Summary of Why We Make Bad Decisions

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Why We Make Bad Decisions summary
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Basic human errors in calculating the odds and value of success distort the decision-making process. Psychologist Dan Gilbert educates his audience in this humorous lecture that implicates human naïveté in poor decision making. getAbstract recommends this eye-opening oration to consumers, financial advisors and product strategists.

About the Speaker

Psychologist Dan Gilbert studies the brain’s influence on happiness. He wrote Stumbling on Happiness.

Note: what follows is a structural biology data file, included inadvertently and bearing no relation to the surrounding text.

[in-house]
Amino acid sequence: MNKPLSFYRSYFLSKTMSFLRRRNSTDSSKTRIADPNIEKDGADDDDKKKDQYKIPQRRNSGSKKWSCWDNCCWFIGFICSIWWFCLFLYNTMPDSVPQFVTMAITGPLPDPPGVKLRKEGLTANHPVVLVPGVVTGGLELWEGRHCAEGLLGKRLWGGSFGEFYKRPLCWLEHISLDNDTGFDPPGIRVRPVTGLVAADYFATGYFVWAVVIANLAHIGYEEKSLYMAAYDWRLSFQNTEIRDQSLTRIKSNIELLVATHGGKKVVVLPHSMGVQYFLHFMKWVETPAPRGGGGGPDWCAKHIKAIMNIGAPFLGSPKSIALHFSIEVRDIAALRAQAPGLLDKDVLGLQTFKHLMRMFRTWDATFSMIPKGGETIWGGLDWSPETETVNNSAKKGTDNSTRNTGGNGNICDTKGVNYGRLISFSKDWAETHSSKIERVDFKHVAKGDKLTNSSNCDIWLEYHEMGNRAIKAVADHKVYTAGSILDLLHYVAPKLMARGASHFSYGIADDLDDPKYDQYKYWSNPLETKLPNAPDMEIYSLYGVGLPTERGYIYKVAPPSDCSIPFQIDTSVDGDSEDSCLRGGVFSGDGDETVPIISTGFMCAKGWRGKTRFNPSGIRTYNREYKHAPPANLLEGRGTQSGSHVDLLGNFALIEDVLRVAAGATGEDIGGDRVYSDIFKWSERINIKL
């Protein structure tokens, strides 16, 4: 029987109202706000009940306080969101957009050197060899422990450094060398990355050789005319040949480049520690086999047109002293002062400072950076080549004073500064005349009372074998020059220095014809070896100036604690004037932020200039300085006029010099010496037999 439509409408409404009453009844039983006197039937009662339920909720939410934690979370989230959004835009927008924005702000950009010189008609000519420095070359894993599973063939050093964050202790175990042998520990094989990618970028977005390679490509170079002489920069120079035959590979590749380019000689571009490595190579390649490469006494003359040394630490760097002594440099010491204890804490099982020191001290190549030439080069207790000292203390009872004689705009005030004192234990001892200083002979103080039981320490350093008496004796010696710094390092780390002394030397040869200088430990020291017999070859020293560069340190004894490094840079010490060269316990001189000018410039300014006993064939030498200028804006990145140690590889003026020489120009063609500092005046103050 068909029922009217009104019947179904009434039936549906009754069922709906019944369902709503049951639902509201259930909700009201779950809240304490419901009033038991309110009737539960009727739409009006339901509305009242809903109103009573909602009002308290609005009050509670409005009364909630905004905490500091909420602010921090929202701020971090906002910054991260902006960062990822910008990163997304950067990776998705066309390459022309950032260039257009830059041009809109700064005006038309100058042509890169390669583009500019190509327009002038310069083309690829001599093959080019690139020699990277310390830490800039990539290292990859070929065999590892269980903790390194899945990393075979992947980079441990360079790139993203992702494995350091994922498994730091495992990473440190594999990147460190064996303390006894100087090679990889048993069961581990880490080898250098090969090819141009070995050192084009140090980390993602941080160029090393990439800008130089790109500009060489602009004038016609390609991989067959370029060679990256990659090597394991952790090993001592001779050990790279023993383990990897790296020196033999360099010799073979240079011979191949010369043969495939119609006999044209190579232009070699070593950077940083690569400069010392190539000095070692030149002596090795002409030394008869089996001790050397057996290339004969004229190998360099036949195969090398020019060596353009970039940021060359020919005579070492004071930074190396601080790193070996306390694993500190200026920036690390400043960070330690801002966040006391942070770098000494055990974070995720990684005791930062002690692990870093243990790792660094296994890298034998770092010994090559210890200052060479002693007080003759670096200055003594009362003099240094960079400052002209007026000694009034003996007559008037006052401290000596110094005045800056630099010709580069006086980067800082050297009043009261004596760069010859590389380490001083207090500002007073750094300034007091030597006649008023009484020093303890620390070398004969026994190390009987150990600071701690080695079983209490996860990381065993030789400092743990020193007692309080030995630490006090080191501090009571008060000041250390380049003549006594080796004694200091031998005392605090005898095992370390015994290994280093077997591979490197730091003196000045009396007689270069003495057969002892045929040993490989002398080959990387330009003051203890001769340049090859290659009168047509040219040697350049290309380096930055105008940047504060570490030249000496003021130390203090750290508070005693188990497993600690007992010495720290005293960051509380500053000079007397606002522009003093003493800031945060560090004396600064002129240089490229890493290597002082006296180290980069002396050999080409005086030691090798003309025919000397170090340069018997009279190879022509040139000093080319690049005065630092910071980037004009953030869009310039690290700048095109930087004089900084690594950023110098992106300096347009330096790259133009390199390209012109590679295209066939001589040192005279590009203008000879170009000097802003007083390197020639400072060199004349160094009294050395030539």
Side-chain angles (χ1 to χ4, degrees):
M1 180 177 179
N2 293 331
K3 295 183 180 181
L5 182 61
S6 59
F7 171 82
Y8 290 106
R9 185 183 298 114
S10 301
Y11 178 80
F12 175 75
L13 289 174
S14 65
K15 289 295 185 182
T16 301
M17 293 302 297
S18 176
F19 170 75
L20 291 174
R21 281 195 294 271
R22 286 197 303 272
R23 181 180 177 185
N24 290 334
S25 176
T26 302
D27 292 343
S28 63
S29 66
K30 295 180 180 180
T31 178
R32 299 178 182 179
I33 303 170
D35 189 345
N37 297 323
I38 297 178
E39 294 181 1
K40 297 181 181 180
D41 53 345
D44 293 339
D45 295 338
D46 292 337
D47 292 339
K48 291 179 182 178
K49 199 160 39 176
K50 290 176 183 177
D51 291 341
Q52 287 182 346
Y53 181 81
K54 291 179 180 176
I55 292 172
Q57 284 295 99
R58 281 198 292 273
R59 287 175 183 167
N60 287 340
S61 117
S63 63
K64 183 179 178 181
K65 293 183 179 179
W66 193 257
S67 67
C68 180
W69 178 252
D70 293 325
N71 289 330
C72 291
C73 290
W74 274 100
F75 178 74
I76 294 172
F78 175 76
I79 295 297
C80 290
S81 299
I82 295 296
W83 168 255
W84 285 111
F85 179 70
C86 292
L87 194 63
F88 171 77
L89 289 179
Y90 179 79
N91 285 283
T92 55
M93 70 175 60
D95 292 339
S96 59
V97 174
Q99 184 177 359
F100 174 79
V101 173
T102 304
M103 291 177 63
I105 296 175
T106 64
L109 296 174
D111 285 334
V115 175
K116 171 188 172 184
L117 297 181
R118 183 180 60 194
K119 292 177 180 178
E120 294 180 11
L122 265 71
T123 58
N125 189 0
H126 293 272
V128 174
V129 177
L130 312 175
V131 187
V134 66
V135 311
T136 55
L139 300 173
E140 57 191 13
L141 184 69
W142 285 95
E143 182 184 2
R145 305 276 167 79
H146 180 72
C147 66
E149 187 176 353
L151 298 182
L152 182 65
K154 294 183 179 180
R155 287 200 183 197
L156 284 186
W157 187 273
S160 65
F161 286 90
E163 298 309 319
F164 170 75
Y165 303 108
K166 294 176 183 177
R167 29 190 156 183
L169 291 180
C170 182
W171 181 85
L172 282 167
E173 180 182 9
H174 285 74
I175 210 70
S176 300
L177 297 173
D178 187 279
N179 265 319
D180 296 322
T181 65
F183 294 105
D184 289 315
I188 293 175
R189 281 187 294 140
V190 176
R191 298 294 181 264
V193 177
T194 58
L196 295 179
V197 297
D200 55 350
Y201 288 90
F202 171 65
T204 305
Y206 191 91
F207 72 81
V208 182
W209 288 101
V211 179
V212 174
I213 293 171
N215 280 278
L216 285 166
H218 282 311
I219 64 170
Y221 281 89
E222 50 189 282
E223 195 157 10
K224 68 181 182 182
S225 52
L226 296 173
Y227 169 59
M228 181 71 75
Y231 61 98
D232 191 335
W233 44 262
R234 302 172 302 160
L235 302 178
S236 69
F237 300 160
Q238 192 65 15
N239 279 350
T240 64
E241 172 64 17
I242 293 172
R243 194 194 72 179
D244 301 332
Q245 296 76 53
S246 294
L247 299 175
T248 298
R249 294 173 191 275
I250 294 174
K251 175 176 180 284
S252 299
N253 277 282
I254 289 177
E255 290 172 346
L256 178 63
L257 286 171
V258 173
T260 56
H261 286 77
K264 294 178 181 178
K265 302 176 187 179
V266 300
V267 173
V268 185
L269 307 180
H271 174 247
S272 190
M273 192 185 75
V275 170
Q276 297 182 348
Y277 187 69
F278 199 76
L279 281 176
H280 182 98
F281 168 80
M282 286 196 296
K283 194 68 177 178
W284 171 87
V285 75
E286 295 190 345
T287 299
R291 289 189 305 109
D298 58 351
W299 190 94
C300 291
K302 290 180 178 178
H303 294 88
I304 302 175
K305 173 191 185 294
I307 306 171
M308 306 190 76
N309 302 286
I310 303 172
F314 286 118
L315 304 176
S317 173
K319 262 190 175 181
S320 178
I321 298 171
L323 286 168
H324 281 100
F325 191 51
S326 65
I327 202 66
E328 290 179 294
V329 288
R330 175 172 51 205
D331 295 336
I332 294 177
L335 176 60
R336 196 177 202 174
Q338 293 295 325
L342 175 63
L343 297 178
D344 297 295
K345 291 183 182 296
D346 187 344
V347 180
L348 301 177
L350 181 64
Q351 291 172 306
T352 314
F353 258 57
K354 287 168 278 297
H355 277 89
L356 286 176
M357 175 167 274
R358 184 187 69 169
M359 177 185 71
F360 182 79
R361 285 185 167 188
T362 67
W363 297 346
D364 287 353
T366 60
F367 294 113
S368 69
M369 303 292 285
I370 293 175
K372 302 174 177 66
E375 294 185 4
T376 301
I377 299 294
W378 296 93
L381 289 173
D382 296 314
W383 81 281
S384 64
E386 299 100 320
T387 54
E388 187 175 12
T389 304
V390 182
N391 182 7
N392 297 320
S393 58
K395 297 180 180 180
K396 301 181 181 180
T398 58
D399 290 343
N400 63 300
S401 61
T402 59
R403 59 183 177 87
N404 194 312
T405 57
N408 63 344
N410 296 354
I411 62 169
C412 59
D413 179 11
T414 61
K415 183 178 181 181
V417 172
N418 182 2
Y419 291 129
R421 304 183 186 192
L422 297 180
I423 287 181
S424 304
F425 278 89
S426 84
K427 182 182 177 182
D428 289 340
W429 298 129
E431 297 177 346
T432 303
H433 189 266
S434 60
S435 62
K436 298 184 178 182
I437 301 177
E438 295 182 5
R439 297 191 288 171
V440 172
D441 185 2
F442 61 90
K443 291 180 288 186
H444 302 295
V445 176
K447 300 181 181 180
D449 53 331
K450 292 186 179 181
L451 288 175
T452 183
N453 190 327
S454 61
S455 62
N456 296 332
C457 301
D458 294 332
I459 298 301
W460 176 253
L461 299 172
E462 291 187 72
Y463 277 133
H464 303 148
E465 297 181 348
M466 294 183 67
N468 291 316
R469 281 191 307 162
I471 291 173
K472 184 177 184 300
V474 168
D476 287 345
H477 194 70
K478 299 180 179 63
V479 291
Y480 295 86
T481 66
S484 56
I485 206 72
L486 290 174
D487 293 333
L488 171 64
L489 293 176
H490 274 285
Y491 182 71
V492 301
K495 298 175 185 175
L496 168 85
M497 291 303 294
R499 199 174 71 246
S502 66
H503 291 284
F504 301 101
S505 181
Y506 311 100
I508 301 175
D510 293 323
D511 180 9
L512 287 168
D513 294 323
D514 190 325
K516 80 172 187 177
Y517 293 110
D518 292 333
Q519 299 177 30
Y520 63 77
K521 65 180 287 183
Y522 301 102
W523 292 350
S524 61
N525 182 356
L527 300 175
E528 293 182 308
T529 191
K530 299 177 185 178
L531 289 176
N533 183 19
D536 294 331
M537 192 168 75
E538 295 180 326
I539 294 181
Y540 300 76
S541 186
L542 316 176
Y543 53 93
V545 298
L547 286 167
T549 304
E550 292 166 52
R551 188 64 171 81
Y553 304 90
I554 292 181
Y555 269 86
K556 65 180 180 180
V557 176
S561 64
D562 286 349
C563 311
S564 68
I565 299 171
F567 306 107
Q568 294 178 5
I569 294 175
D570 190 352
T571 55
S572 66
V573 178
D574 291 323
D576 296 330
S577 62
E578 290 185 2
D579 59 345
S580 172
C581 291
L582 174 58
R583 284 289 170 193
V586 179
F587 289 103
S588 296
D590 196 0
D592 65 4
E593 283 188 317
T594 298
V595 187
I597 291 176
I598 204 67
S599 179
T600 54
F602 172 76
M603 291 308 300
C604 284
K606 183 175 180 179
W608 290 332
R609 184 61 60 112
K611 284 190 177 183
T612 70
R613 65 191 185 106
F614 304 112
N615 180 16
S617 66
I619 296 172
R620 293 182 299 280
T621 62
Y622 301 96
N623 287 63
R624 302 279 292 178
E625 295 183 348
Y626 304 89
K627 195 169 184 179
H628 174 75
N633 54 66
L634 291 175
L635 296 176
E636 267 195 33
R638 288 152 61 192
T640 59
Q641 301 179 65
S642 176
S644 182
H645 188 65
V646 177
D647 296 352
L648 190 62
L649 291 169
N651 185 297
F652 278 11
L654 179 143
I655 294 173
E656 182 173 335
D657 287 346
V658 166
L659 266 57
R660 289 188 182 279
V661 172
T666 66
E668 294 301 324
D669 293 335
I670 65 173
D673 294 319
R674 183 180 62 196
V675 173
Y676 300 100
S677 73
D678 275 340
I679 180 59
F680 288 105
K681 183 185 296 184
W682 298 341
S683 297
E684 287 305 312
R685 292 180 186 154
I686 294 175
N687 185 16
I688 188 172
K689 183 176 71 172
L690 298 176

In 1738, polymath Daniel Bernoulli formulated a seemingly simple equation: Expected value equals the odds of gaining multiplied by the value of the gain. This formula should aid decision making. However, several cognitive errors impede the calculation of both factors. Evaluating odds isn’t straightforward. For instance, humans rely on the power of recall when establishing odds. To illustrate: The higher a person’s exposure to an event, the more readily it comes to mind. Thus, people overestimate the number of deaths caused by tornadoes and fireworks, which feature heavily in...

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